Accepting Recognition

Accept Recognition

“People work for money but go the extra mile for recognition, praise and rewards.” –Dale Carnegie

 One of my worst traits is that I’m not good at accepting recognition when I actually deserve it.

I know you’re thinking wait, what, how can you not accept the recognition you deserve? It’s not always that I don’t accept the recognition but I don’t let others know about the recognition that is deserved.

I’ve never been good at bragging about myself or my own accomplishments. I know this is the exact opposite of the norm. Most people end up taking credit for someone else’s hard work. I’ve just never been able to do that. In fact, I’ve tried so hard not to do that I end up not getting recognition for what I’ve actually accomplished.

One example in a recent meeting with a new manager I was asked what is it that you do when you travel? My answer was simple, “I talk to the drivers about their Hours of Service and see what issues they are facing. This helps me to determine the real issues we are dealing with in the field.”

What I should have said was, “When I travel I do my best to spend time with every driver to see what concerns they might be having and how I can help.  It’s great to spend time with them around the job site so I can personally see what issues they are facing when it comes to compliance with regulations and policy. I like to have the employees in the field help determine several solutions to any concerns that we might have found. After the drivers, foreman/superintendent and I find a couple of possible solutions I bring them to the division managers’ attention over a casual meeting.

I also take advantage of the time in the field to give the drivers vital training that they might be missing. This includes Hours of Service, Telogis, and other DOT related facts they might need to know.

By being in the field I can see their equipment and what kind of condition they keep it in.  If there are any issues that need to be addressed, I address those while on the job site. I have found many different concerns as severe as employees who were not authorized to drive a company vehicle, who were driving, to something simple. Without going to these job sites there’s no way we would have ever caught these issues until they were stopped by law enforcement.

Last, of all, I do my best to build relationships. This is helpful because in the future when I need something from that division they are more willing to help. Also when they have a question they are more likely to call and ask. These are just a few of the items on my checklist when I travel”

What do you think, which answer is better? The second one of course. It gives a full explanation of what I’m doing and what I’m accomplishing or attempting to accomplish while I’m out there.  It gives me the full credit for what’s actually happening.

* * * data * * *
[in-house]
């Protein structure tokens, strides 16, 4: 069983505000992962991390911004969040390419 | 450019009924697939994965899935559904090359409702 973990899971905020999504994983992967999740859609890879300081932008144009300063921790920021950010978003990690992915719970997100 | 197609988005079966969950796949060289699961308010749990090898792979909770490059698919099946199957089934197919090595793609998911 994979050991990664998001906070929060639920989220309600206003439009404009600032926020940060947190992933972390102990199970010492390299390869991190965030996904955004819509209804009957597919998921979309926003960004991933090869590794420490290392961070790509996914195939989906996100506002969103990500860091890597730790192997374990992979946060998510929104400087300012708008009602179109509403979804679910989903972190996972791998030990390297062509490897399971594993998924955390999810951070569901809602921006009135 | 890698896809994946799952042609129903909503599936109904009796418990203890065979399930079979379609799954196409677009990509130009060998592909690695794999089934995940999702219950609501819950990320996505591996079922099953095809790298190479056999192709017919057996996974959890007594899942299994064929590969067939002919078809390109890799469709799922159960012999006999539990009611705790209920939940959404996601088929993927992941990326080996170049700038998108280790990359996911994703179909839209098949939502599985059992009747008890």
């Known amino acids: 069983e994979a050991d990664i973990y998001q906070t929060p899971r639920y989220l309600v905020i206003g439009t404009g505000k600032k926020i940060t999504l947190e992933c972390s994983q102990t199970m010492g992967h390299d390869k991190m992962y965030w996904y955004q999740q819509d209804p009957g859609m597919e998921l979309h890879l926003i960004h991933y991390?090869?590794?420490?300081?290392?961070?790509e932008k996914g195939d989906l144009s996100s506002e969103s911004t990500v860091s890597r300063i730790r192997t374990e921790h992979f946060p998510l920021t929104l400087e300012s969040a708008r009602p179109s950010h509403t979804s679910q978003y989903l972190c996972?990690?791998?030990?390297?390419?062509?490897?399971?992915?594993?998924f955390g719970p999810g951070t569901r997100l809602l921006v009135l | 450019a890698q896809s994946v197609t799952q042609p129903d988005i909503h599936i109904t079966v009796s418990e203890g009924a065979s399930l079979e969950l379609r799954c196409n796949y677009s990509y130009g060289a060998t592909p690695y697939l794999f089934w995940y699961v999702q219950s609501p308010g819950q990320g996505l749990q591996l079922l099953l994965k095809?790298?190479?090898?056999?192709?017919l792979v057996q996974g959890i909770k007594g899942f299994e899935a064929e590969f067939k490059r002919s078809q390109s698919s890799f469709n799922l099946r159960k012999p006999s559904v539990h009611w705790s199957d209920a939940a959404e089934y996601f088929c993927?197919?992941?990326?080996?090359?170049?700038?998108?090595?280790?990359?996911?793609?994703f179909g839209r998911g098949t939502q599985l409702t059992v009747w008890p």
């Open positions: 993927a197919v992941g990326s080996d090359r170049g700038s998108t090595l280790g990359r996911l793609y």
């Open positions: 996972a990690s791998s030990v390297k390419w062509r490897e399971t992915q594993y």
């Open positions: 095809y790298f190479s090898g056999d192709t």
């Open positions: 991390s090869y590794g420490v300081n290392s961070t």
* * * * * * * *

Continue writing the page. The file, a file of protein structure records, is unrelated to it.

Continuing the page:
So why didn’t I say that during the meeting? Who knows. The real question is how do I fix the issue? I have started utilizing these 5 simple steps to help me.

  • Pray before, during, and after. I have started asking God to help guide my conversations, this has helped me immensely. Before I would finish a conversation and think, oh man I should have brought this or that up. Now I know that my conversation went exactly how it was supposed to.


  • Listen to Listen. I have been working on this myself for quite some time now.  When someone talks all too often we listen only to answer.  I suggest that we listen to the whole question, take a deep breath, and then answer. When I try to compose the answer while they are still talking I might miss an extremely important part of the question. Also, they might be giving me acknowledgment for something that I’ve done and I miss it because I’m not really listening.


  • Take a deep breath. I pause for a few seconds before I answer the question. This helps me to get my thoughts put in the right order and helps me to take the credit that’s due.


  • Be honest. I don’t exaggerate my answers at all, if I’m not doing something I don’t lie and say that I am. On the other hand, if I am doing something I make sure to mention it in detail.


  • Tell them everything. If I feel that it’s not important I say it anyway, that one simple detail might be what sets me apart from my colleagues. Or even better it might spark an idea in someone on the team.

Don’t be afraid to take credit for what you’ve done. That doesn’t mean that you brag about it every time you get the chance, or take control of every meeting so that you can boast about every little detail.  When you’re asked don’t be afraid of the truth, you’ll be surprised exactly how much recognition you already have just from what others have seen you accomplish. Keep in mind that you are not THE team you are a vital PART of the team!


Have a Blessed Day

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